A Manhattan family that needed more living space has commissioned New York studio Worrell Yeung to overhaul their apartment in a historic NoMad building.
The growing family was committed to remaining in a 1,600-square-foot (149-square-metre) loft in Gilsey House that they had lived in for over a decade.
Worrell Yeung therefore redesigned the Broadway Loft to better suit their current lifestyle.
“The family had lived in the apartment for nearly 14 years and had been looking to purchase a new home to solve their growing need for additional space, privacy, and storage,” the team explained.
“If redesigned to create more storage, enhanced access to natural light, and an additional bathroom and bedroom, it could be their ideal home — one still filled with important memories, but also embodying their transitions and growth as a family,” they added.
All of the apartment’s existing walls were removed, revealing the building’s steel structure, sprinkler piping, and original moldings from its construction in 1867.
The layout was then reconfigured to include two bedrooms, a second bathroom, and plenty of storage space. “Utility and storage was paramount to the design of each programmatic element,” said the architects.
Upon entering the home, a full-height closet creates a foyer, and provides some separation between the front door and the open-concept living area.
Worrell Yeung envisioned the kitchen, living and dining room as a continuous space to be used flexibly by the family.
“We created an efficient layout that added an additional bedroom and bath, but also made the living space larger, more airy with more access to daylight,” said studio co-founder Max Worrell.
Along the living room’s longest wall, a low piece of marble serves as a desk, seating area and fireplace surround.
“The built-in lies low on the wall, leaving ample space above for a salon display of the couple’s vibrant art collection,” said the team.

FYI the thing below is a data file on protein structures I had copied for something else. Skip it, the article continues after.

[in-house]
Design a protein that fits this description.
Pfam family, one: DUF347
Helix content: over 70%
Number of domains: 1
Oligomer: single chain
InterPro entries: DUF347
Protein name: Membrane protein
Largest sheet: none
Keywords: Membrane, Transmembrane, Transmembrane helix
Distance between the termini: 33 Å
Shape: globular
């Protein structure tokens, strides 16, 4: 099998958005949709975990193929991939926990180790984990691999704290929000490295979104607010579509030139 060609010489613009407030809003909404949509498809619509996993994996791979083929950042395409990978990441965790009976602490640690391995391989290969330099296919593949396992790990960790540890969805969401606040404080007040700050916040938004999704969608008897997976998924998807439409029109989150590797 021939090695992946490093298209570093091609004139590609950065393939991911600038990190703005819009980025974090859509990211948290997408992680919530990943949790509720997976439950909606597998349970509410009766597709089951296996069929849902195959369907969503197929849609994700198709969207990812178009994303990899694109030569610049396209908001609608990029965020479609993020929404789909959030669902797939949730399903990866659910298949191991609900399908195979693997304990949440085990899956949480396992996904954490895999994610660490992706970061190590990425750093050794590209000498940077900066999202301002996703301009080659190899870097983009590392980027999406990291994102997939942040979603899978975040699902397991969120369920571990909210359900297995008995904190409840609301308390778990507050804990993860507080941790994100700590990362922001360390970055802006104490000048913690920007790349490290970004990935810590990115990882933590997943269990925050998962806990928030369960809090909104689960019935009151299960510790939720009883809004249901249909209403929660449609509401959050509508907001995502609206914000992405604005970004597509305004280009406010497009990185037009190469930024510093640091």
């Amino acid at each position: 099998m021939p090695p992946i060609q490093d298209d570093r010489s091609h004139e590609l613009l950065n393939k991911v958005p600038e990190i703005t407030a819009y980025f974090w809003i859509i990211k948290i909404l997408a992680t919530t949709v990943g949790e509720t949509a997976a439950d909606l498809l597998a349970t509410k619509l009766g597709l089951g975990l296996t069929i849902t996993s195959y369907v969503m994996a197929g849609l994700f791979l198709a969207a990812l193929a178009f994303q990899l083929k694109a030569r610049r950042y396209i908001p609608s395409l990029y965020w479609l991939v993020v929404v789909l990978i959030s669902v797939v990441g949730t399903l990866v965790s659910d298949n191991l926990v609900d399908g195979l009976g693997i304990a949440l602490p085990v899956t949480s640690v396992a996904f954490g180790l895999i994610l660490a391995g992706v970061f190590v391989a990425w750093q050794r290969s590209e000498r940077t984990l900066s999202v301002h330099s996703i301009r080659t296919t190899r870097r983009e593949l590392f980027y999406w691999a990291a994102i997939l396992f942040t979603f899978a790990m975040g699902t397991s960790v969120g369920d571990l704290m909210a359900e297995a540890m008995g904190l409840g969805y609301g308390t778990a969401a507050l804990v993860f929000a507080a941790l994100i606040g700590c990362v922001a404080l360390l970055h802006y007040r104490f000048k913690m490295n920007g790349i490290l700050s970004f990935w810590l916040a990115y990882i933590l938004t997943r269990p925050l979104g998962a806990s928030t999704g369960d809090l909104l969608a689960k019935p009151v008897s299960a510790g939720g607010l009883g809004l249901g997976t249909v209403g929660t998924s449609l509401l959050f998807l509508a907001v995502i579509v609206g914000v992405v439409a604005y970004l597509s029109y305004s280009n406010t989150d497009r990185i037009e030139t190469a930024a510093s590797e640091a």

The kitchen features cabinetry finished in neutral grey tones and a breakfast bar for informal meals.
Above the new bathroom is a sleeping loft accessed by a built-in wooden staircase, making the most of the apartment’s footprint. Similarly, the children’s bedroom features a lofted sleeping area, which frees up the floor for other activities.
Within the main bedroom at the end of the hallway, Worrell Yeung incorporated a generous walk-through closet leading to an ensuite.
Given that the family’s large collection of art, objects, sculptures and memorabilia would bring plenty of colour into the rooms, Worrell Yeung opted for an otherwise more restrained palette for walls, floors and ceilings.
“When we started talking about the material palette, the idea was always to have really beautiful materials, like the bone white floors, but also let it be very neutral,” said Worrell Yeung co-founder Jejon Yeung.
“We knew the clients had a lot of art and colorful furniture, so we wanted to let the architecture exist more calmly in the background,” he added.
Worrell Yeung was founded in Brooklyn in 2014 by the duo, whose other projects in New York City include a Chelsea loft and an apartment in Dumbo’s Clocktower Building.
The photography is by Alan Tansey.
Architect: Worrell Yeung
MEP: Engineering Solutions
Expediter: Anzalone Architecture
Contractor: Bednarz Construction
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